Privacy and your social security number

Pretty much everybody in the USA has a social security number (SSN) and much of the private and public data related to us is attached in one way or another to that SSN. Not a bad system, you might say. After all, a more-or-less random 9 digit number is fairly secure.

The problem is that our SSN is anything but random. In fact, apparently it's pretty predictable. In a new study conducted by Alessandro Acquisti, associate professor of information technology and public policy at Carnegie Mellon, has shown that public information readily gleaned from governmental sources, commercial data bases, or online social networks can be used to routinely predict most and sometimes all of a person's SSN. The study findings will appear this week in the online Early Edition of the Proceedings of the National Academy of Science (PNAS)

Carnegie Mellon views this news as sufficiently serious to merit setting up a website solely for the purpose of educating people about security and SSN.

Acquisti and Gross tested their prediction method using records from the Death Master File of people who died between 1973 and 2003. They could identify in a single attempt the first five digits for 44 percent of deceased individuals who were born after 1988 and for 7 percent of those born between 1973 and 1988. They were able to identify all nine digits for 8.5 percent of those individuals born after 1988 in fewer than 1,000 attempts. Their accuracy was considerably higher for smaller states and recent years of birth: for instance, they needed 10 or fewer attempts to predict all nine digits for one out of 20 SSNs issued in Delaware in 1996. Sensitive details of the prediction strategy were omitted from the article.


Pretty scary stuff for younger people. People in my age group didn't get SSNs until we got jobs so we're less easy to predict. In cases where you can guess the complete SSN in 10 or less attempts---something that is essentially instant when using a computer program to automate coded number entries---using the SSN for security is a joke. Any hacker who bothered to get just a few items of data, easily found, like birthplace and hometown, can then hack into all sorts of supposedly private accounts.

I guess it might be a good idea to be a wee bit secretive about where I was born---and when. You might want to take that precaution too!

Comments

jan said…
I can't believe the amount of information some people put on the internet about themselves. On a classmates page, for instance, there for all to find is the year they graduated, thus a pointer to their age, and the city. A number of them would also be born in that city. Also pictures of their children. Scary.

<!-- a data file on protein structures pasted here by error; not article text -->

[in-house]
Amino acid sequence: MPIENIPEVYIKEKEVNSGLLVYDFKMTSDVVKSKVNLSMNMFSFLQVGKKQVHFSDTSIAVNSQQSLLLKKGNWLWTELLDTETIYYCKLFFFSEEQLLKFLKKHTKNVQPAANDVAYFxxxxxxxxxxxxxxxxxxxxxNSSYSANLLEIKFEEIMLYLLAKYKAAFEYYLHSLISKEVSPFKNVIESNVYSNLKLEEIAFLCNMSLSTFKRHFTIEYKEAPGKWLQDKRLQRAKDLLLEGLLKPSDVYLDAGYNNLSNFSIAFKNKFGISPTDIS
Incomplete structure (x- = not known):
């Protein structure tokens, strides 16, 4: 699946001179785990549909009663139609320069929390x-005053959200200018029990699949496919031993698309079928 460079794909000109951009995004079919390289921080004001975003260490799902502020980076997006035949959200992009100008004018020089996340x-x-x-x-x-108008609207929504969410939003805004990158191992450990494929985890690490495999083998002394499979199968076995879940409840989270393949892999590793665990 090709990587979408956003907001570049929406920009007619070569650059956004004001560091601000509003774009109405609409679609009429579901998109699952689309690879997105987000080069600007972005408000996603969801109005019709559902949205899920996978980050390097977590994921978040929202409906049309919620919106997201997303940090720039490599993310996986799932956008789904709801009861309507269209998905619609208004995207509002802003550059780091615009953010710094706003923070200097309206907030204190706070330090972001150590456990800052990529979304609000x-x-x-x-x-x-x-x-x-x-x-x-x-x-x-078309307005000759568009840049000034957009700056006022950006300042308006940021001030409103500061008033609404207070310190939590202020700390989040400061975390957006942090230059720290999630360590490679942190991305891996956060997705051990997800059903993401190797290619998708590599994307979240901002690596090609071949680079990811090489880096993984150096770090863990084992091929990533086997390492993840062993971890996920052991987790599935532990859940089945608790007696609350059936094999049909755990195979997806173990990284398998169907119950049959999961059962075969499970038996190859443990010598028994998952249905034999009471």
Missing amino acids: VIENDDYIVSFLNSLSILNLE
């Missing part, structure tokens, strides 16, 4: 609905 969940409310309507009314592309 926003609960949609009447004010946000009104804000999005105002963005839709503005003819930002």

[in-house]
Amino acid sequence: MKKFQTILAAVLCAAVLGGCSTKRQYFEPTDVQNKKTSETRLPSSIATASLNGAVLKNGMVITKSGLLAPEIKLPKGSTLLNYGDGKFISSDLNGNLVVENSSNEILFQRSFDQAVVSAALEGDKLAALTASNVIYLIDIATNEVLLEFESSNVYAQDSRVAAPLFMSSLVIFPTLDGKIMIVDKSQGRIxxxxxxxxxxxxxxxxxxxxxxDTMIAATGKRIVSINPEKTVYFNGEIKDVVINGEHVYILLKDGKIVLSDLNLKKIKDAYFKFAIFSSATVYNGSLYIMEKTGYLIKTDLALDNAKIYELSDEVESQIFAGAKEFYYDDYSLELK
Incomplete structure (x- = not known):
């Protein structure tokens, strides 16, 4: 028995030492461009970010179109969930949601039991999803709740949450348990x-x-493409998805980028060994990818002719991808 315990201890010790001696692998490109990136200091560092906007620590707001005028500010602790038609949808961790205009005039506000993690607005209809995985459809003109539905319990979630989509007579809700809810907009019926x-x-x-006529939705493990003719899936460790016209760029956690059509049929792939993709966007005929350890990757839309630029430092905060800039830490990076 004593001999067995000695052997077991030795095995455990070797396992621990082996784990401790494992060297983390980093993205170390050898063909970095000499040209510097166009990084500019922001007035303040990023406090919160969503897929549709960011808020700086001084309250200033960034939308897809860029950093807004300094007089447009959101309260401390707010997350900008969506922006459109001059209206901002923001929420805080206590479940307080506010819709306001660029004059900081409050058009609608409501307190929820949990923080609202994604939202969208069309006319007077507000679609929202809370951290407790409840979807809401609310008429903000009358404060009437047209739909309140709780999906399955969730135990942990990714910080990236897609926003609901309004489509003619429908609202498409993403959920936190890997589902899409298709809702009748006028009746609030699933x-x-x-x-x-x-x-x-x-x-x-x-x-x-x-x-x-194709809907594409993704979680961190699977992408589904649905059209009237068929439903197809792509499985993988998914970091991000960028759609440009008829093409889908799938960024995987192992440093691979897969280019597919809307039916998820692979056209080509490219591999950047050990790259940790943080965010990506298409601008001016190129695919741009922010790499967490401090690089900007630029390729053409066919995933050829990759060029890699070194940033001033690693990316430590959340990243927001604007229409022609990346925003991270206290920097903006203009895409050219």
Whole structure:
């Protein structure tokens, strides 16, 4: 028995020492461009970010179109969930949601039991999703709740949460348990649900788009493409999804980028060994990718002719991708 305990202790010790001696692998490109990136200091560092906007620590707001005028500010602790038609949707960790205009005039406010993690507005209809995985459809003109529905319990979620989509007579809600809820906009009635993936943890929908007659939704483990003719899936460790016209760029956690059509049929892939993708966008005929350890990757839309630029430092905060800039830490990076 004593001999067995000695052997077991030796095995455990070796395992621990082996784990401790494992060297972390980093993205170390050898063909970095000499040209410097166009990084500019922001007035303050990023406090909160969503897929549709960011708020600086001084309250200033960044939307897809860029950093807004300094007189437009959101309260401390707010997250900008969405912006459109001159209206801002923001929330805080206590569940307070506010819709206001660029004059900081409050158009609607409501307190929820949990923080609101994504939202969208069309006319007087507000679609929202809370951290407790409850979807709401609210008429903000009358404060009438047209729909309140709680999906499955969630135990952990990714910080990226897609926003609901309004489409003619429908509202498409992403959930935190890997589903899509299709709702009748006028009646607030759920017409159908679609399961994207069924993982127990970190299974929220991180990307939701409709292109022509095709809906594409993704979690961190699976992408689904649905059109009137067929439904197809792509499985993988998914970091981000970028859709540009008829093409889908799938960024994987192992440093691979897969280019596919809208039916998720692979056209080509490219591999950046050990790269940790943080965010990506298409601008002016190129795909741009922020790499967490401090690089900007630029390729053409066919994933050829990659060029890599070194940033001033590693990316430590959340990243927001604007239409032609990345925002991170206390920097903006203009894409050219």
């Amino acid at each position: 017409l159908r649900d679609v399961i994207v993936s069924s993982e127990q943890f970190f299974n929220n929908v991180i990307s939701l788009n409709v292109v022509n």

Into the Light said…
I've known about this for some time, as I've dealt with SSNs for years. But in order to predict someone's SSN you'd have to spend some time figuring out the triggers for the patterns. Not impossible as the study shows, but you'd have to have access to a data on a sizable number of people to start with. I like to think the government keeps that a little private, but who knows. Still, I used to be able to pinpoint the area of the country people were from by their SSN and age. I never tried to do it in reverse though. LOL. And I'm too ethical to use the info for anything illegal. :-)
I knew there was a way of tracking that stuff back when I opened my first checking account. I gave the clerk my SSN and she asked if it was obtained in XX state (different than where I was at the time). She said the first three digits indicate what state the card had been issued in.
kenju said…
I guess I am doomed, then, because everything about me is on the web somewhere. My saving grace is that there is nothing for them to steal.
Smug said…
When Chris and I were at the courthouse getting our marriage licence, she asked for his SSN, when he told her, she said, "Oh you must be from New Mexico" She knew that just from a few of the numbers in his SSN! A bit freaky!
tiff said…
Sometimes it's good to be old!
rosemary said…
My husband is beyond secretive with personal info....but....his SS# was still used by an undocumented worker in California to get a driver's license, job etc. and we had our tax refund held up because this idiot owed back child benefits to Welfare!!!!
oklhdan said…
Scary world we live in. Way too much information available to anybody wanting to use it for no good.

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